Saturday’s ruckus in the Assembly proves that the more things change in Tamil Nadu, the more they remain the same.

Jayalalithaa no more Karunanidhi inactive but TN crisis shows their politics is here to stay
Voices Politics Sunday, February 19, 2017 - 18:48

To characterise Saturday’s ruckus in the Tamil Nadu Assembly as betokening the post-Jayalalithaa-Karunanidhi politics is almost ahistorical.

Yes, Jayalalithaa is no more, and the DMK patriarch has been out of public view and reportedly unwell for some time. Still, the fact remains that whatever is happening is very much a Dravidian legacy – the absence of towering personalities notwithstanding.

Jaya’s confidante is not a novice in politics as some tend to imagine, she was part of all the wheeling and dealing of her late boss. A Left leader has been quoted as saying Sasikala used to take an active part in seat-sharing negotiations and that he used to be surprised by her intimate knowledge of the voting trends in various constituencies.

If she is therefore carrying on from where Jayalalithaa left off, Stalin too was taking a leaf out of his father’s book when he was presiding over the bedlam.

Anything goes – that is the bottom line. But it is not as if Dravidian politicians are all goons, while the Congress ones are saints. We have seen the disastrous slide there since Jawaharlal Nehru.

However, the Congress approach used to be qualitatively different; its way of shepherding voters to the polling booth was known as ‘overhead mobilization.’ That is, the respective village heads were entrusted with the task of shepherding in return for favours, and one defied the fiat at one’s own risk, of course. That is too simplified a formulation, but that was what was essentially happening all over the country till perhaps 1967.

In such a rule of the elite for the elite in the name of the people, there was little need to nurture the grassroots. In the circumstances, the DMK’s victory was the revolt of the subalterns, and it would do anything to strengthen its appeal among its constituency.

Still so long as its founder, CN Annadurai, was at the helm, the gentlemanly streak continued – both in governance and in the Assembly proceedings. The party itself, though, was far more aggressive than the Congress on various fronts.

But Karunanidhi’s ascent in 1969 (after Annadurai’s death) changed everything. Gone out of the window were sobriety and amiable sparring. The gloves were off: the Opposition could be slandered to no end; the trade union movement crushed; even theatres screening films lampooning the ruling party – like Cho’s Mohammed Bin Thuglaq – could be vandalised; and distributors coming forward to screen MGR’s films after he fell out with Karunanidhi could be intimidated.

When people talk of violence in the Assembly, they immediately recall the horrid incidents after MGR died and the AIADMK split – when the police lathicharged legislators during the Vote of Confidence moved by the then government of MGR’s widow Janaki.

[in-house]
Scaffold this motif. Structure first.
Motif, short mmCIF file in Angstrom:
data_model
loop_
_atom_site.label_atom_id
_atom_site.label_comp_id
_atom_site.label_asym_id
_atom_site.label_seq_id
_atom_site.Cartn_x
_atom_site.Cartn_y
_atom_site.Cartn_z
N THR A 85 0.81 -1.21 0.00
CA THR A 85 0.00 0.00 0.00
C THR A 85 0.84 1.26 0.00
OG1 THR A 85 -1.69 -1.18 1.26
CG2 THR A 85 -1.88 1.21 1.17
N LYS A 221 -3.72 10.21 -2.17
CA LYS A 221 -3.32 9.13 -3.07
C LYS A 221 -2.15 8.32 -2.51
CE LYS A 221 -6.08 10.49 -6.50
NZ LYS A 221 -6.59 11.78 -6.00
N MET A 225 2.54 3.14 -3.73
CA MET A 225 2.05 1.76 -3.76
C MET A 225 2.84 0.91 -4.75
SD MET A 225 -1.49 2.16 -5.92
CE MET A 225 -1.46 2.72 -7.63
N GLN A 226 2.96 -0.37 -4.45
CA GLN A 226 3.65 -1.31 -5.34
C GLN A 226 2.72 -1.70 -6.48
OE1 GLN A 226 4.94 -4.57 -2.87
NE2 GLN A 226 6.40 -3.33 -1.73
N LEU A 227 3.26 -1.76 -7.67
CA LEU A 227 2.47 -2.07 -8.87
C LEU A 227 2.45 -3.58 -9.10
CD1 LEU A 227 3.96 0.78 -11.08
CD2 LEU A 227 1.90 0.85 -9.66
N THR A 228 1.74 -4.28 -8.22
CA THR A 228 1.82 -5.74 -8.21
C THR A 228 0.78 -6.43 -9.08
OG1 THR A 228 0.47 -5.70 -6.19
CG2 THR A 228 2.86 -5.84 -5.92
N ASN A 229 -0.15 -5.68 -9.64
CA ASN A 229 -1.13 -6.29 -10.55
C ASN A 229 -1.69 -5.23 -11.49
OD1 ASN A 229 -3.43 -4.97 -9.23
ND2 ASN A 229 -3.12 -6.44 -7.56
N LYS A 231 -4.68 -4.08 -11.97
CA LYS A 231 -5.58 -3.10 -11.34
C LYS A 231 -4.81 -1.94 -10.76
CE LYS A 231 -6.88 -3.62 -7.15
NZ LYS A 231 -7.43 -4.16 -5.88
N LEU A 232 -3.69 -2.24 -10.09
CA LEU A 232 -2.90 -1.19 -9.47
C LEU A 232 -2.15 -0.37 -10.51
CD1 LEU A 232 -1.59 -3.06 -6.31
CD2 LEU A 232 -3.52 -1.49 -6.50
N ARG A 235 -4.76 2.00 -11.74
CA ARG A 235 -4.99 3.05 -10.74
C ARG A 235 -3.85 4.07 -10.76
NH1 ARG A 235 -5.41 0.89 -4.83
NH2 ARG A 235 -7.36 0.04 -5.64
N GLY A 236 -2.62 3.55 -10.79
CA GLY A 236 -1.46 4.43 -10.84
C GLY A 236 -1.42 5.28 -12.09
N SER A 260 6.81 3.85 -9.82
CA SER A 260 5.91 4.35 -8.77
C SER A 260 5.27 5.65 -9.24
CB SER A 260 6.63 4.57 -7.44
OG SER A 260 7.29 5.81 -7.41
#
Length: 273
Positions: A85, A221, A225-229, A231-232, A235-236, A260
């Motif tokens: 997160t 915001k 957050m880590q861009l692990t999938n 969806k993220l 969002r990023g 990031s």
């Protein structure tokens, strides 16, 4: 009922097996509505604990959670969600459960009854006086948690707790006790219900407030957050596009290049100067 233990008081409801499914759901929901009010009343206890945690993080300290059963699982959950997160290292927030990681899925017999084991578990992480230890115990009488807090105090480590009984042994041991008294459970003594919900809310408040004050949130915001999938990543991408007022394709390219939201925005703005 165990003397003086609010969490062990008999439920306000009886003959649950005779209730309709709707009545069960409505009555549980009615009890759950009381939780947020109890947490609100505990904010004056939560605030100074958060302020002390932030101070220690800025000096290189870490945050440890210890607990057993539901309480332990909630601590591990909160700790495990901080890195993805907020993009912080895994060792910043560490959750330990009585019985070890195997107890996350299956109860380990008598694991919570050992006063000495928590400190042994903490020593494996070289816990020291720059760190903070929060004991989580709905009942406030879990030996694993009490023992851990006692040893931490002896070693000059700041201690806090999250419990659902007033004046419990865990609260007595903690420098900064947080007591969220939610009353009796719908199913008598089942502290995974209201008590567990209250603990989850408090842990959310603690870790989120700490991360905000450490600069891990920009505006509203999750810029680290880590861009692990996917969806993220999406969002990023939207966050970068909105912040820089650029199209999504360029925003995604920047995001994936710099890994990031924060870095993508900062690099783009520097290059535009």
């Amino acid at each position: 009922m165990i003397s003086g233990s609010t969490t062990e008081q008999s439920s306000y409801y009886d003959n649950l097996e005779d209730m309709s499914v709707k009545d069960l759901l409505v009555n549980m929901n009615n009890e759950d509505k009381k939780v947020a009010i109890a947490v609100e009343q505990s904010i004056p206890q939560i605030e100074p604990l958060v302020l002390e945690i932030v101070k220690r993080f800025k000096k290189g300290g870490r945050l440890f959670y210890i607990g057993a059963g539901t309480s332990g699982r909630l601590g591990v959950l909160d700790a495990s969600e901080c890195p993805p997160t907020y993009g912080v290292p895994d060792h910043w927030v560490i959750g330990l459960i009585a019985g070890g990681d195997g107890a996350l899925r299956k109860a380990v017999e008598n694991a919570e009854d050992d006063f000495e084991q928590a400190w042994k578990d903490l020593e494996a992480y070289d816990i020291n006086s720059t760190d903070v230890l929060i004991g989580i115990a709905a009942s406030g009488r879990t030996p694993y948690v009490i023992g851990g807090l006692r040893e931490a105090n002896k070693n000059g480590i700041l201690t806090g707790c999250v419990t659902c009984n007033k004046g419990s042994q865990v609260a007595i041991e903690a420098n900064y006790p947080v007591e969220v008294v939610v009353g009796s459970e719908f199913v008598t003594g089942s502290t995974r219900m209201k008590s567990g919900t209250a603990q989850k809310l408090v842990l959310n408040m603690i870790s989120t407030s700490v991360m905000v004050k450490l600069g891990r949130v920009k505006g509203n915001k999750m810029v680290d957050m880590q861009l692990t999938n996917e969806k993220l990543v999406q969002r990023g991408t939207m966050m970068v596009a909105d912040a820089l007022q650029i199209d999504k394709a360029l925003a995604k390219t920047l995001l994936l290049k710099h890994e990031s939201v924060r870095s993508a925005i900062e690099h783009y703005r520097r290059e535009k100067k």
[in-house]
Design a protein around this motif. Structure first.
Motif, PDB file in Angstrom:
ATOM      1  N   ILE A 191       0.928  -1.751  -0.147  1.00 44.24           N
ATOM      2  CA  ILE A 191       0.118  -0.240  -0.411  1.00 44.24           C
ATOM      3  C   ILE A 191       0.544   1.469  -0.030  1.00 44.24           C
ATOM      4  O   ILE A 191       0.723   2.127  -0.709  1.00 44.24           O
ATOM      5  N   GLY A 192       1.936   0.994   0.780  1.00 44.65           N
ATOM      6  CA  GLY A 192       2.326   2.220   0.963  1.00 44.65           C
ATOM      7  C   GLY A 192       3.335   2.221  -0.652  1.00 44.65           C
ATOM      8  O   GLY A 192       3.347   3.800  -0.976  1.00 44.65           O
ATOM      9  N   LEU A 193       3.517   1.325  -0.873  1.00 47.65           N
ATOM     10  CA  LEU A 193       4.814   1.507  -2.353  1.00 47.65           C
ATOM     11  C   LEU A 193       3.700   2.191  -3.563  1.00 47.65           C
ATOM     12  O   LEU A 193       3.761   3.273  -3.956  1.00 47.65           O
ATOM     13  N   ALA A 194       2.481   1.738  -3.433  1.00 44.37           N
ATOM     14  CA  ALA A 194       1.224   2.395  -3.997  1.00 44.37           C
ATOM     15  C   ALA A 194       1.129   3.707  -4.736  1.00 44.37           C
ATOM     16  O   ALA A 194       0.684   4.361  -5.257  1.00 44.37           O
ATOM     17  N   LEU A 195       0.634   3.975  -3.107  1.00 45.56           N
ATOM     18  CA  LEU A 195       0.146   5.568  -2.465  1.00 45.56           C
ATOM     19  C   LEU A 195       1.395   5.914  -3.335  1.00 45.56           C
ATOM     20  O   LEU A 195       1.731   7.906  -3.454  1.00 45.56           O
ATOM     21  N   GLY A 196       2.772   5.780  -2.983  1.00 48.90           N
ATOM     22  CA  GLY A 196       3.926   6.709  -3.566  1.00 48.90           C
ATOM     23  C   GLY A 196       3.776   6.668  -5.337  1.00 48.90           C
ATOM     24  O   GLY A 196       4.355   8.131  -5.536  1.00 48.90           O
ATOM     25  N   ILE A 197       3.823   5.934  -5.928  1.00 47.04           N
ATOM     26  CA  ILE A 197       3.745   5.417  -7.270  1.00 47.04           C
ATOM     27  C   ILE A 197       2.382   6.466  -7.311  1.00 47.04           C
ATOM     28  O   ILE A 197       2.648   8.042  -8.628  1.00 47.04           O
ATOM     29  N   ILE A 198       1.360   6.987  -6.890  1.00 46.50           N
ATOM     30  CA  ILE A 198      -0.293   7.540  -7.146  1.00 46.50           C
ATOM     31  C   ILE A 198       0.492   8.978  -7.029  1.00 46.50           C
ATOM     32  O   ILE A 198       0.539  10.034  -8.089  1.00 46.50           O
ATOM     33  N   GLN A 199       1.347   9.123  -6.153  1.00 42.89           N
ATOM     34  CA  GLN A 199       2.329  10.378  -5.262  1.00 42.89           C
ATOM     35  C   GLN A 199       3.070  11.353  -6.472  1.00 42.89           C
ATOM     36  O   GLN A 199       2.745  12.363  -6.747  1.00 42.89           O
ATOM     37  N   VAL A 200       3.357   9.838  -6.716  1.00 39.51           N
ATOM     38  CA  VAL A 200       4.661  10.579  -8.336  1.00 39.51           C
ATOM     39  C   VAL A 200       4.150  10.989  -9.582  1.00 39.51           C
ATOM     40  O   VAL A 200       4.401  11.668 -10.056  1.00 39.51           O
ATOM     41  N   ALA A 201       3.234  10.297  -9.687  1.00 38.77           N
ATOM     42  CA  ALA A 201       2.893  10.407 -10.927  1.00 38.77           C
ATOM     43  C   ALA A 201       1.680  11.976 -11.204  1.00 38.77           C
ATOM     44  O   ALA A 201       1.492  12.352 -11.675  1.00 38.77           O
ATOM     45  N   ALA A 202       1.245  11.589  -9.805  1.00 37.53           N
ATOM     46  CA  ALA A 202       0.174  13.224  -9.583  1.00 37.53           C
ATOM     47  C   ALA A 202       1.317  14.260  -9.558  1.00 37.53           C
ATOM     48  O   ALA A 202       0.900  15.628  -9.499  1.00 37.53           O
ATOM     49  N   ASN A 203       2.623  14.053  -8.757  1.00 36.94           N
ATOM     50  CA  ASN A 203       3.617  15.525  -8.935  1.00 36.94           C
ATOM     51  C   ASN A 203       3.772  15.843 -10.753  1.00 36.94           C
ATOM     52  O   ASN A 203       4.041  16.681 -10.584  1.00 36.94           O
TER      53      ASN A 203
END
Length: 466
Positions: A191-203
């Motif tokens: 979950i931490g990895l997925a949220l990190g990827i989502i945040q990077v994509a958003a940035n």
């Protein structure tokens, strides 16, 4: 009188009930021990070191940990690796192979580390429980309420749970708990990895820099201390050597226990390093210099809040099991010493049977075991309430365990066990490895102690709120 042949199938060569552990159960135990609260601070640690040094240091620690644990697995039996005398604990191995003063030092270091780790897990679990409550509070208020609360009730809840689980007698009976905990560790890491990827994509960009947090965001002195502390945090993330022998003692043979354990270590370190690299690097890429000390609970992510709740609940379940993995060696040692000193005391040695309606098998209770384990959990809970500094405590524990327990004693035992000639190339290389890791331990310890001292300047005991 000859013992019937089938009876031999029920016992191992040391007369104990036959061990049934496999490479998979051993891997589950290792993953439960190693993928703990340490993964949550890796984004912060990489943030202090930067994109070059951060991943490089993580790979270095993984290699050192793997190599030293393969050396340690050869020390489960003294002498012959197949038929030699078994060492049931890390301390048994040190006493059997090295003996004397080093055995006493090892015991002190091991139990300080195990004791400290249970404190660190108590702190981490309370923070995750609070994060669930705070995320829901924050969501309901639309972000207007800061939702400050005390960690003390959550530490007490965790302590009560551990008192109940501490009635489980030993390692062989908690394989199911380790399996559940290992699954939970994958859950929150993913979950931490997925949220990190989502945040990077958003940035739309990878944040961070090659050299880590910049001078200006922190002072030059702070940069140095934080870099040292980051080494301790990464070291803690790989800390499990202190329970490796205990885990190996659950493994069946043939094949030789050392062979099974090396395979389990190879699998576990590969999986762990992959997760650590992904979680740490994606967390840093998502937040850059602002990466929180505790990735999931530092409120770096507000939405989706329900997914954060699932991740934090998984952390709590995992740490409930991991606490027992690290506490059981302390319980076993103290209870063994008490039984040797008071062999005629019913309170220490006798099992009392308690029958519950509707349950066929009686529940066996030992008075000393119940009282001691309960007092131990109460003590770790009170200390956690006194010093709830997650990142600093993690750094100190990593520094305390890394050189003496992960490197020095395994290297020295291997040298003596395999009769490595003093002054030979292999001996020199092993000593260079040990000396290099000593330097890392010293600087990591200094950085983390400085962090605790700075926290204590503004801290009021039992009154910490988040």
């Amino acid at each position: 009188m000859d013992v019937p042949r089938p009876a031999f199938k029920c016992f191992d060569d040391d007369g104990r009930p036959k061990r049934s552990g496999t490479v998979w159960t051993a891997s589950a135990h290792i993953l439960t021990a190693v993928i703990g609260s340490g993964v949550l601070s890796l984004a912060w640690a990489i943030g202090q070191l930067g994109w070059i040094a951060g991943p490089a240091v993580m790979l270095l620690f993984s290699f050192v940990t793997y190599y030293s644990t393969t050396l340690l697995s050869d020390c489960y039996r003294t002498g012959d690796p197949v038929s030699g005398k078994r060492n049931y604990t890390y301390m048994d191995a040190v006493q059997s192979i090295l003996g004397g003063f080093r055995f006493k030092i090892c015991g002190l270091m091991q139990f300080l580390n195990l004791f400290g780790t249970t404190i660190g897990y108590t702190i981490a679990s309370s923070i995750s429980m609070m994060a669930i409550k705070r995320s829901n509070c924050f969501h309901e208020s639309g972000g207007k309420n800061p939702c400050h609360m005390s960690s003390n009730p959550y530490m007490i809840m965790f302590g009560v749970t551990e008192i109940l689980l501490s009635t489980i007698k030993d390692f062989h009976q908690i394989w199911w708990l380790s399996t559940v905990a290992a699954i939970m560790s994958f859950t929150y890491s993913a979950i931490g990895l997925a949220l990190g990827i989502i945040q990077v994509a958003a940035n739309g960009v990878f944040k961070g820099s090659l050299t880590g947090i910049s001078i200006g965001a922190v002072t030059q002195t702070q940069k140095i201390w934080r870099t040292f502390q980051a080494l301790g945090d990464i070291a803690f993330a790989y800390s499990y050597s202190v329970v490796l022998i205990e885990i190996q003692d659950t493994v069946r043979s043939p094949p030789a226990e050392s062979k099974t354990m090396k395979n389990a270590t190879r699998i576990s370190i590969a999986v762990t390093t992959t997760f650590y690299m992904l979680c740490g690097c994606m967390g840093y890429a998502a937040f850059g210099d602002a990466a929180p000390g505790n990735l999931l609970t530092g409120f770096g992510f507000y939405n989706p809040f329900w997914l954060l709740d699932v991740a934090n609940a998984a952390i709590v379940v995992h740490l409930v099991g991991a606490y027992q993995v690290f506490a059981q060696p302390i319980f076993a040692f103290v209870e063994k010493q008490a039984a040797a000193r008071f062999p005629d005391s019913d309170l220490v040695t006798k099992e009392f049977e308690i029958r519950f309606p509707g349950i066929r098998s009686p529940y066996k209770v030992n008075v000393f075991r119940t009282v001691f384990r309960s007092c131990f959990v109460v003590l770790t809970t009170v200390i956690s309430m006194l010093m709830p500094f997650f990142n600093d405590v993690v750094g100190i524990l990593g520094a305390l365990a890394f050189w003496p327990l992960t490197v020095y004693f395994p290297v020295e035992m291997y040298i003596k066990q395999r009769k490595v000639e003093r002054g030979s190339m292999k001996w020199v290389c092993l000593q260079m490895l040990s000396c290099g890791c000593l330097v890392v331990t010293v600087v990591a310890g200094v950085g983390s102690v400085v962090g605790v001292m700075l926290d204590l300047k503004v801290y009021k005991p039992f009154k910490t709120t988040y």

But an earlier event – though far less blood-curdling, yet a quite outrageous and clear subversion of all norms – tends to be forgotten.

In 1972 MGR was thrown out, and there were huge popular protests – but the party machinery was firmly in the hands of Chief Minister Karunanidhi and his associates. Among the dissenters was Speaker KA Mathiazhagan, and that sent some jitters.

After all, in West Bengal, Speaker Bejoy Kumar Bannerjee had abruptly adjourned the House sine die in 1967, declaring the newly installed Congress-proxy government illegal. He was reportedly acting on the advice of CPI’s Mohan Kumaramangalam, a redoubtable Tamil lawyer.

What if Mathiazhagan chose to do something similar? So, even before he was voted out, his mic was switched off. And the Deputy Speaker, a Karunanidhi loyalist, began to conduct the proceedings, sitting by the side of a mic-less Speaker.

An outwitted Mathiazhagan gamely strove to do his bit, asking MGR to move a no-confidence motion. MGR, in turn, went on to speak for hours together, again without a mic, even while the Deputy Speaker was going ahead with the agenda set by Karunanidhi.

The charade didn’t last long, and the wily Chief Minister managed to establish who the boss was. Outside the Assembly, he called MGR names and sought to whip up anti-Malayali sentiments – some Malayali establishments were attacked and vain attempts made to block screenings of his films. Of course, nothing worked in the face of MGR’s charisma, but Karunanidhi went all out to remain in power.

So, if today, the AIADMK speaker, possibly a Sasikala loyalist, is set upon by the DMK MLAs fearing Edappadi Palaniswamy would win the vote of confidence it is history repeating itself in another form.

So also, if Sasikala manages to hold the flock together, with both carrot and stick, she is faithfully following in the footsteps of Jayalalithaa. She brings round an unhappy Sengottaiyan, keeping him content with inconsequential party posts and equally inconsequential ministries. But even more importantly, she ensures one of the Mannargudi men will be in place to run the party in her absence, and anyway remote-controls everything from behind bars.

The more things change, the more they remain the same.

Note: Views expressed are personal opinions of the author.

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